cover image The National Debt

The National Debt

Lawrence Malkin. Henry Holt & Company, $0 (309pp) ISBN 978-0-8050-0382-6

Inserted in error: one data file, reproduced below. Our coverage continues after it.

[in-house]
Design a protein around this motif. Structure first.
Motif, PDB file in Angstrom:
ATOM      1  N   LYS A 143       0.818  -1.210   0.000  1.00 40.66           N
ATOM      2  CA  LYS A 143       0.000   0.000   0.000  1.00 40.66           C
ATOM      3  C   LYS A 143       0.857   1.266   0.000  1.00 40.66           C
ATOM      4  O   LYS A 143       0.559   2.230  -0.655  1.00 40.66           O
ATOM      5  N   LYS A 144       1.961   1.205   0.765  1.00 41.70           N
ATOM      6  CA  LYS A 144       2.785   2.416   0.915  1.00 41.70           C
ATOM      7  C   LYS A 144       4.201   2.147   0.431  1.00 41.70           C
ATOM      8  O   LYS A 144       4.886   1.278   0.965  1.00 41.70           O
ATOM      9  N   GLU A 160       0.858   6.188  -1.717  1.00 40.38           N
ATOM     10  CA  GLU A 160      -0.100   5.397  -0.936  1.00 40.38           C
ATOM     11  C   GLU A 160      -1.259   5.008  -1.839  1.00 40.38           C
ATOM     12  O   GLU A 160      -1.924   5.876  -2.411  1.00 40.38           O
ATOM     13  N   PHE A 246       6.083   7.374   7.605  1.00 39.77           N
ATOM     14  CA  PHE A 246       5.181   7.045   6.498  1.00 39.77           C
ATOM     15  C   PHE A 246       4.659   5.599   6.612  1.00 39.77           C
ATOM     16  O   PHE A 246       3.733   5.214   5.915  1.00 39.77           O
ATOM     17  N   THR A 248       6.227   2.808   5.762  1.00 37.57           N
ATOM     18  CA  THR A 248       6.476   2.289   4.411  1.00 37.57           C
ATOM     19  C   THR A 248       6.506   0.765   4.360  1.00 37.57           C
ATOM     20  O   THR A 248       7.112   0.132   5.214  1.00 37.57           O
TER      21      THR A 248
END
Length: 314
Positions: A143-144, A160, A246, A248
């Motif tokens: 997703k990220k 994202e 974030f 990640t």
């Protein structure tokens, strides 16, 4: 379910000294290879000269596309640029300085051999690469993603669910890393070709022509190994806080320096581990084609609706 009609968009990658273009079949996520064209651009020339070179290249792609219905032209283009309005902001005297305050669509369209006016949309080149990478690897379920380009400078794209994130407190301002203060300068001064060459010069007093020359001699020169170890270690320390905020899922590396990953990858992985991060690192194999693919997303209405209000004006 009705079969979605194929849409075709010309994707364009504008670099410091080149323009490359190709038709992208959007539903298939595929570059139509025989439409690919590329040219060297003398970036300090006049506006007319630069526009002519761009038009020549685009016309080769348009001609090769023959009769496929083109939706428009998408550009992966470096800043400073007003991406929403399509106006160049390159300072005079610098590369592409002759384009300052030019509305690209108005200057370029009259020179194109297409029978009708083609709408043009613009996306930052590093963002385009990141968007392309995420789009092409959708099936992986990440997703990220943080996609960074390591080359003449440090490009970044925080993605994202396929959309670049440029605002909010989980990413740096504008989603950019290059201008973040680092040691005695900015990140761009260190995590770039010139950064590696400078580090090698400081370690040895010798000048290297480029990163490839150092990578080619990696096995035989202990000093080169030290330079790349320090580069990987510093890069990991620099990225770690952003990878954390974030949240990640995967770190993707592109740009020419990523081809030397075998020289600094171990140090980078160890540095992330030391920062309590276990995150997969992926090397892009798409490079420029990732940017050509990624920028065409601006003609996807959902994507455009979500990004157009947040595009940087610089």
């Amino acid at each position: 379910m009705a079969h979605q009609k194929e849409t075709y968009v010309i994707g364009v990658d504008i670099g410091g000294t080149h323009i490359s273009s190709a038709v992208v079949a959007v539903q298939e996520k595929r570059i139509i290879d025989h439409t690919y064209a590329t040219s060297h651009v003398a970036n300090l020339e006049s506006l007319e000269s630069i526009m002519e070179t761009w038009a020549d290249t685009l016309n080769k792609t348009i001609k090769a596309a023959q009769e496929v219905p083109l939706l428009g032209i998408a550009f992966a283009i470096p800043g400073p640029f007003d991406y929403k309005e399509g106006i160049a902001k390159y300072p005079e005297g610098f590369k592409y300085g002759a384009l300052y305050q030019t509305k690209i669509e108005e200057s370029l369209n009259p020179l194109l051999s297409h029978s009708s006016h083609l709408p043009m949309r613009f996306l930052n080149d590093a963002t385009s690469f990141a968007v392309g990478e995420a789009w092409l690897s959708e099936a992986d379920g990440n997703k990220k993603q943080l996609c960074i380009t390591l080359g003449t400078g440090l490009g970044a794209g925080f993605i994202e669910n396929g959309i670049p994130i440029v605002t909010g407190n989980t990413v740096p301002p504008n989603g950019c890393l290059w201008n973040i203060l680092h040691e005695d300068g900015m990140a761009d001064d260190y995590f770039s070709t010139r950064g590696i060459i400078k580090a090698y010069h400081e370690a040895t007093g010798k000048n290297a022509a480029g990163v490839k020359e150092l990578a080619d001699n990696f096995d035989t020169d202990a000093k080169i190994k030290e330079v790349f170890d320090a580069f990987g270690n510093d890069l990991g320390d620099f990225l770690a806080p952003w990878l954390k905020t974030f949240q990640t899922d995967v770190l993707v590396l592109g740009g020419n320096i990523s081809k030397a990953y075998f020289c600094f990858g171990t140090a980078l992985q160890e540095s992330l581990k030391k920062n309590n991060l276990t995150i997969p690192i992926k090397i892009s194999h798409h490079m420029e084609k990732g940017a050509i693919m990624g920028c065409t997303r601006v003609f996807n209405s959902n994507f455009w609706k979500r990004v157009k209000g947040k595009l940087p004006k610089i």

Defining economics as ""politics with a few numbers to illuminate its ideas,'' Time economic correspondent Malkin explores in accessible, often humorous terms the reasons for the change in status, after World War II, of the U.S. from world-economy master to world creditor. Misguided politicians and economists, he charges, largely are responsible for the staggering and unprecedented national debtgovernment and personalincluding a huge debt interest, much of it owed to foreign investors, that threatens not only our own economy, trade balance and social fabric but the world's financial systems as well. He credits our former prosperity to combined government and private initiatives, and traces present conditions to the Keynesian deficit financing of the Great Society and Vietnam War during the Johnson and Nixon years, now magnified by Reagan's tax cuts, military buildup and unbridled credit-based consumerism. Comparing today's conditions with those of the 192629 boom, Malkin suggests that common sense and cooperation between public and private sectors and between nations may avoid a similar catastrophe in the future. (April 30)